‘Missed approach’ executed on first attempt could mean the crew did not acquire the desired visual references at ‘decision height/altitude (DH/DA)’ to continue the landing approach. If they decided to come back for a second approach, well, that’s standard operating procedure, not some bizarre breakdown. Instrument Flight Rules (IFR) under which the flight was operated caters to two missed approaches before diversion is invoked. So all the hype around ‘why the pilot did not divert’ could well be speculatory.
DG’s Testimony to Media May Bias Investigation
Also spare a thought – what the pandemic and associated rules can do to a busload of weary passengers returning home on an expatriation flight. Would this have weighed on the mind of Capt Sathe as he formulated his arrival plan for Calicut and likelihood of diversion? I would say yes.
That the pilots are dead and no longer around to defend themselves may be ‘convenient’ for many of the higher-ups; but the DG’s testimony to the media is likely to bias the subsequent investigation that follows.
He has set the stage for a skewed investigation, and the ‘cover-up’ that may eventually follow. This is neither unprecedented nor surprising in Indian aviation. Even in the military, there are several anecdotes where people in authority made premature assessments based on circumstantial evidence, ‘gut feeling’, ‘in my time’ recalls, or ‘confirmation bias’. Those who presided over courts of inquiry that followed inevitably sniffed the air waves for ‘what does the boss want?’, rather than ‘what does available evidence indicate?’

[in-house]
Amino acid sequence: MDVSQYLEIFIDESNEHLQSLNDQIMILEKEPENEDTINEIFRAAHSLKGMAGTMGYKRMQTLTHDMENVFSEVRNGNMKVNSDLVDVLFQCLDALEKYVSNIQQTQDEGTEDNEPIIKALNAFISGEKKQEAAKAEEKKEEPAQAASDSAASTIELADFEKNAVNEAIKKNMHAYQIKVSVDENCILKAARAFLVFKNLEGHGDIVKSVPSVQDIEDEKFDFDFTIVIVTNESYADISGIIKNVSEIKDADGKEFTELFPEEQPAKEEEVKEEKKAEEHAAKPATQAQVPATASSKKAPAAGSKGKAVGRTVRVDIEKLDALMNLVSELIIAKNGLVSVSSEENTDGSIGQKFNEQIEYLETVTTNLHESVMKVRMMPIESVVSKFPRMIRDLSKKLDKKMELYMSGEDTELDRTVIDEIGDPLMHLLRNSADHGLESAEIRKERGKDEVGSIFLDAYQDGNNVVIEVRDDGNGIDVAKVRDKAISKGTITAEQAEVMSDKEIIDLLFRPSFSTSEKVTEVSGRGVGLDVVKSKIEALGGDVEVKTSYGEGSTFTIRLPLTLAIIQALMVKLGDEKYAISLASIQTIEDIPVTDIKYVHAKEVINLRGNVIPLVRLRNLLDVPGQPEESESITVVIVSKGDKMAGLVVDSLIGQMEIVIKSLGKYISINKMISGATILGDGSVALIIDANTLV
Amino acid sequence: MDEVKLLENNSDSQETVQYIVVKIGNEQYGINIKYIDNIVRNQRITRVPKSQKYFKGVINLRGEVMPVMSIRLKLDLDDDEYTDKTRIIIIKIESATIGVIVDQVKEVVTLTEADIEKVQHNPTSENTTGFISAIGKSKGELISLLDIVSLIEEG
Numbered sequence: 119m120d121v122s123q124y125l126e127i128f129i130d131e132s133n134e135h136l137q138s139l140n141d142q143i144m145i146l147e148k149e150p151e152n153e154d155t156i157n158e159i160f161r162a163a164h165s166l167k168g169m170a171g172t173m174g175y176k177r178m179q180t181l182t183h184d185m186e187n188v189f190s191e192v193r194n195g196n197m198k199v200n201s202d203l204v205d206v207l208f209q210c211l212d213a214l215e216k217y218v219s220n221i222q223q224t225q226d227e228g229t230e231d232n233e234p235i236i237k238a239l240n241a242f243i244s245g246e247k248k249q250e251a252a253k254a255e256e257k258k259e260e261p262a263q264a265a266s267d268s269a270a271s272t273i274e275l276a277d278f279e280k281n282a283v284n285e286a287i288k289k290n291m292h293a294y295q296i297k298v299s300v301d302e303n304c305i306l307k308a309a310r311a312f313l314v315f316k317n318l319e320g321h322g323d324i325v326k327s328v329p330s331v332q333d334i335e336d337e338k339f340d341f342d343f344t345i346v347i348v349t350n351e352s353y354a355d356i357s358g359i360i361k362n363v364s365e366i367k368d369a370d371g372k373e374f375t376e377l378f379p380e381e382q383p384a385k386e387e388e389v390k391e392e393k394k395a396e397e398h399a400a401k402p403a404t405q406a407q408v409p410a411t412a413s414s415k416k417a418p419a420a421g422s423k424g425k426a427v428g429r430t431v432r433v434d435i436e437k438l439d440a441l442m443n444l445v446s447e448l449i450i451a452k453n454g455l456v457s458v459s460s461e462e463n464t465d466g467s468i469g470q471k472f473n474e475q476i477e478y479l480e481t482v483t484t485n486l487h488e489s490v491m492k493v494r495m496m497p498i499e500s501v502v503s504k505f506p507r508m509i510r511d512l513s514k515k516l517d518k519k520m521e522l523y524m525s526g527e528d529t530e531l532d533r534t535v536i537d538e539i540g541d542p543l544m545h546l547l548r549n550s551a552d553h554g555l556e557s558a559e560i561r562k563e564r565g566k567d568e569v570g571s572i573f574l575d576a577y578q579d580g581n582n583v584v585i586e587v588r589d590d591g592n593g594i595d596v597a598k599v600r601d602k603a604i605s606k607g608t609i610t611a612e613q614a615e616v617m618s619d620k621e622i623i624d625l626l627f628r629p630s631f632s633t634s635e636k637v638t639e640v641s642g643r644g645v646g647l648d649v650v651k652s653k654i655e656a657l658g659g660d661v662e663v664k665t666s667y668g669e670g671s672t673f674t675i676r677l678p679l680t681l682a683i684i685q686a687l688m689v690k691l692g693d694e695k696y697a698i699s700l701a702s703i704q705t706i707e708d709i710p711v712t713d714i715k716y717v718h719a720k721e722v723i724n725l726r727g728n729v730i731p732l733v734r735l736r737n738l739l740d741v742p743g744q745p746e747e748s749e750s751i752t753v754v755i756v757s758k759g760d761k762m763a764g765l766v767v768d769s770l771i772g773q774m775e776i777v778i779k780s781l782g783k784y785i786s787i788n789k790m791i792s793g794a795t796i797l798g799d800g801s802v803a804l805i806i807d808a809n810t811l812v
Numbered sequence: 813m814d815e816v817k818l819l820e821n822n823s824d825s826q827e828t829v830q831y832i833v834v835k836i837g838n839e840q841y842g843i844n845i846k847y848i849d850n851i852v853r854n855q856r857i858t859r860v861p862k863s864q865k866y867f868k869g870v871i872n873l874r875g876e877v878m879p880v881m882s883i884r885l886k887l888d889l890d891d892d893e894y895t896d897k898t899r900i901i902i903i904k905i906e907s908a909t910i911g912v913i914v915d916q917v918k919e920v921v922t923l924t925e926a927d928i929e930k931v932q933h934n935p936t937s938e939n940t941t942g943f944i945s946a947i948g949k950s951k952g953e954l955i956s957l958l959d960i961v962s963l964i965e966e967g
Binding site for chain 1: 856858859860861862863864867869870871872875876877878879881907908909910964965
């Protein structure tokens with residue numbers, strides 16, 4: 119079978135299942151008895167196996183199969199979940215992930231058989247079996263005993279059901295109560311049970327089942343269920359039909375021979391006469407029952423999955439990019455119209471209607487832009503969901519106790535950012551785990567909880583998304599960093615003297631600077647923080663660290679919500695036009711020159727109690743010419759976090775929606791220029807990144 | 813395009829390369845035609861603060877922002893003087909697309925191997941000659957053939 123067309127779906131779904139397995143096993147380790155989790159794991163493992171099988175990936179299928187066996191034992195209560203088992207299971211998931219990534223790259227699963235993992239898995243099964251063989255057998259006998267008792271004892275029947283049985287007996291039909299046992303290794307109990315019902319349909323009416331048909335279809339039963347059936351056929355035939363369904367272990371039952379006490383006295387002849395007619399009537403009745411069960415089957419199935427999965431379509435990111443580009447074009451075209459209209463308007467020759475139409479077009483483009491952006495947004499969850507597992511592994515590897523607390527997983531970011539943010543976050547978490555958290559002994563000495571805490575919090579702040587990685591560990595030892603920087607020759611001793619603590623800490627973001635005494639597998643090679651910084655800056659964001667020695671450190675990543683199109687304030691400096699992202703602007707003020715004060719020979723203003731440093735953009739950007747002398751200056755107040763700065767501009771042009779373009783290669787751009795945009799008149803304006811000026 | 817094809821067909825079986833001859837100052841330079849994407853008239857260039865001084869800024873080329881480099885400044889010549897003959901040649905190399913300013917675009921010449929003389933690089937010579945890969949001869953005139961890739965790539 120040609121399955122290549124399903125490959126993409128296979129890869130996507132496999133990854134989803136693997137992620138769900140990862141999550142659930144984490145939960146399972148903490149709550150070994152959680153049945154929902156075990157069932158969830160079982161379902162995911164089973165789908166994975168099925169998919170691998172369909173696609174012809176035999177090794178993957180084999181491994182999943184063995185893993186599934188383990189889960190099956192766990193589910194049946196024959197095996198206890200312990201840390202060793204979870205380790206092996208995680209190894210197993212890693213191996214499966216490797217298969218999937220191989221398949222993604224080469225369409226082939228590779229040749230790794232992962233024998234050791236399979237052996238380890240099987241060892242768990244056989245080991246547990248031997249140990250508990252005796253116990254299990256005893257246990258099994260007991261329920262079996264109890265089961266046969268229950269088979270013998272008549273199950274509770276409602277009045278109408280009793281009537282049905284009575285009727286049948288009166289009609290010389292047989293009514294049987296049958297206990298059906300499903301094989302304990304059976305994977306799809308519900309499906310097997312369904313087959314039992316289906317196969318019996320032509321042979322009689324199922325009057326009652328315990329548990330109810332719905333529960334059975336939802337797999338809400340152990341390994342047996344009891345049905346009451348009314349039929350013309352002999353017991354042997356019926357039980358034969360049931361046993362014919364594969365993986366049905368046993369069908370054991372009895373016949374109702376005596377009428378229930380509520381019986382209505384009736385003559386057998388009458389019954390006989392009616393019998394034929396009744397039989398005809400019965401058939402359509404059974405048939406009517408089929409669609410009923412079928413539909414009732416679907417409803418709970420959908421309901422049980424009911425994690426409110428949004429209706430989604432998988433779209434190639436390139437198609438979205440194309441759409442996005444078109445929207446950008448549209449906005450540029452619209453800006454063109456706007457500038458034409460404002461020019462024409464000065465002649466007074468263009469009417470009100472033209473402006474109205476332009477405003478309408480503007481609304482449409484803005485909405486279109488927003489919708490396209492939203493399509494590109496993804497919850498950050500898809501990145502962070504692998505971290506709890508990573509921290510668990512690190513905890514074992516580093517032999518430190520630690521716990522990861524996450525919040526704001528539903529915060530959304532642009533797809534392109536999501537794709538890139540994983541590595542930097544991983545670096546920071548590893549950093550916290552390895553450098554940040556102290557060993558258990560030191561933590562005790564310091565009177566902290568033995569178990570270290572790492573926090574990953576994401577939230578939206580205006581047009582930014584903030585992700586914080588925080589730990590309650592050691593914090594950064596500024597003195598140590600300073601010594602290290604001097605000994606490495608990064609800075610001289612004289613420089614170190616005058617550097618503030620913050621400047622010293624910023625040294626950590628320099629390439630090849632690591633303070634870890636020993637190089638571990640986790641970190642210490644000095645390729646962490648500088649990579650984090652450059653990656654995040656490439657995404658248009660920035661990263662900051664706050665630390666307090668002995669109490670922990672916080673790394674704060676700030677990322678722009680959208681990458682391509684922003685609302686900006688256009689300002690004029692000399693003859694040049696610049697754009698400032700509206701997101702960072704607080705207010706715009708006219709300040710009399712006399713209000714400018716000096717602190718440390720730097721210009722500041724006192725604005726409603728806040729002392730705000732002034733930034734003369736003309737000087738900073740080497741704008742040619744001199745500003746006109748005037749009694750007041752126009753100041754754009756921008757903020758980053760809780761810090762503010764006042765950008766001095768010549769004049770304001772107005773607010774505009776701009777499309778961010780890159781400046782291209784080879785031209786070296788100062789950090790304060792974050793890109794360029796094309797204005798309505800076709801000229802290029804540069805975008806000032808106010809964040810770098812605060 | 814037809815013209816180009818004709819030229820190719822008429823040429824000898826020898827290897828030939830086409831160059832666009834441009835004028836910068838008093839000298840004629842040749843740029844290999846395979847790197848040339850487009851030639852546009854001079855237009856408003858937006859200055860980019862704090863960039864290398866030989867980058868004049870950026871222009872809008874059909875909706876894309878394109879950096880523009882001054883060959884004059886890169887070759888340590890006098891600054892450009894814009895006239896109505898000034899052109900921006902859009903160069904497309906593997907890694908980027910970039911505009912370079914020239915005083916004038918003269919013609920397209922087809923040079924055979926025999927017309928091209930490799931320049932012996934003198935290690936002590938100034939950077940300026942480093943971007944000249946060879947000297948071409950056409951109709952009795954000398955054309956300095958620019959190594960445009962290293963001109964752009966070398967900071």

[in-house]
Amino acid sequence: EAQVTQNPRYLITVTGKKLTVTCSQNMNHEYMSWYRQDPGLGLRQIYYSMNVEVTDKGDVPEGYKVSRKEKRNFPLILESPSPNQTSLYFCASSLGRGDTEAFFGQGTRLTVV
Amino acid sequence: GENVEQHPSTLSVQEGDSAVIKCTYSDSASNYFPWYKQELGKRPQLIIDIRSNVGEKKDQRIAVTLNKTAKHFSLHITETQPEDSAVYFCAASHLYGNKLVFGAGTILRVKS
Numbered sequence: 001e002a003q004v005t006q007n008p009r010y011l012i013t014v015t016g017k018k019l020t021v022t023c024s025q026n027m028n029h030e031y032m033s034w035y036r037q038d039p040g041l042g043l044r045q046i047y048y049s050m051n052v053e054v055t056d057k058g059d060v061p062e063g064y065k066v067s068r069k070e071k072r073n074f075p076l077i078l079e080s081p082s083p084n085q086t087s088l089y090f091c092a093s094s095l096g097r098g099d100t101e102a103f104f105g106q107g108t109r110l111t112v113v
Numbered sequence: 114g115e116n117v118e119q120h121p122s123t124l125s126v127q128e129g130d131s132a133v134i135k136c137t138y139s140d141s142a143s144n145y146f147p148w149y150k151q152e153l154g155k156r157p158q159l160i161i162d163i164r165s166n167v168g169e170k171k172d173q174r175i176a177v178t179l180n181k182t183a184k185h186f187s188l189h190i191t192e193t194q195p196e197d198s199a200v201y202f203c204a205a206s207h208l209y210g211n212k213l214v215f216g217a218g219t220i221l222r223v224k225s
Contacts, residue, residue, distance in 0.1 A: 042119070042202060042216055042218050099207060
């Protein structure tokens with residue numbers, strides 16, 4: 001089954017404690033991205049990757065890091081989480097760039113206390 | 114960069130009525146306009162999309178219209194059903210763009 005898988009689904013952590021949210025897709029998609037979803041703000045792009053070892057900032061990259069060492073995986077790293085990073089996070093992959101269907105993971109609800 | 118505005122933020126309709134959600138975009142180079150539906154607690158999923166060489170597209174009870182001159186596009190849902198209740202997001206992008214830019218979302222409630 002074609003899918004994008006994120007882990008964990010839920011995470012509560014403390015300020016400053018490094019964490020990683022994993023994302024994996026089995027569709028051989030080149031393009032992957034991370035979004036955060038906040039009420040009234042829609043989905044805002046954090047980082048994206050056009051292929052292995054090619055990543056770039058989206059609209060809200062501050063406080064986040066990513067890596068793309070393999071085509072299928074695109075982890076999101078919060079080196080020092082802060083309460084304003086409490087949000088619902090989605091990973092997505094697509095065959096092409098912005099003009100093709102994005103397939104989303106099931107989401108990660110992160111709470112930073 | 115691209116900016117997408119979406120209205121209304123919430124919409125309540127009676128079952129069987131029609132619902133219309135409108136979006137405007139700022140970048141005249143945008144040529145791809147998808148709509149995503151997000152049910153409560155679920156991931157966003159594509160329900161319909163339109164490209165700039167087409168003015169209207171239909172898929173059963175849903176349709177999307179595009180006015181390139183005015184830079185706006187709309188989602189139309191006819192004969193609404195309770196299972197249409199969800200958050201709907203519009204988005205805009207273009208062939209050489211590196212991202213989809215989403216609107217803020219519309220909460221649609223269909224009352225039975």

In the case of IX-1344 crash and the statements that followed, one thing becomes evident: the DG either does not understand, or he simply doesn’t care for due diligence in air accident investigation. Use of unprofessional terms like ‘one side of the runway’ or ‘another side of runway’ without detailing the instrument runway(s), category of ILS available (only Category 1 for Calicut), the type of approach procedure involved versus prevailing conditions, etc only displays an abject lack of aviation knowledge that’s shielded behind the iron-clad PPE of authority.
Who Are The Losers In This ‘Game’? Passengers And Their Families
The DGCA is responsible for ensuring aviation safety. Instead, that fence is eating the crop. Countries with a genuine interest in advancing aviation for the common man (aam aadmi) will never conduct themselves in a public discourse this way.
The only losers in this deadly game of ‘those who mind, don’t matter; those who matter, don’t mind’ are fare-paying passengers and their families, who are thrown under the (air)bus – each and every time.
The DG should certainly tender a public apology or resignation for irresponsible commentary made on IX-1344 crash. Sadly folks, as a seasoned aviation watcher in India, I can tell you – neither of that will happen. Life will go on. Because it doesn’t matter. That’s the system we have at hand. I will be happy to be proven wrong.
(Capt KP Sanjeev Kumar is a former navy test pilot and blogs at www.kaypius.com. He can be reached at @realkaypius. He has flown over 24 types of fixed and rotary wing aircraft and holds a dual ATP rating on the Bell 412 and AW139 helicopters. This is an opinion piece. The views expressed above are the author’s own. The Quint neither endorses nor is responsible for them.)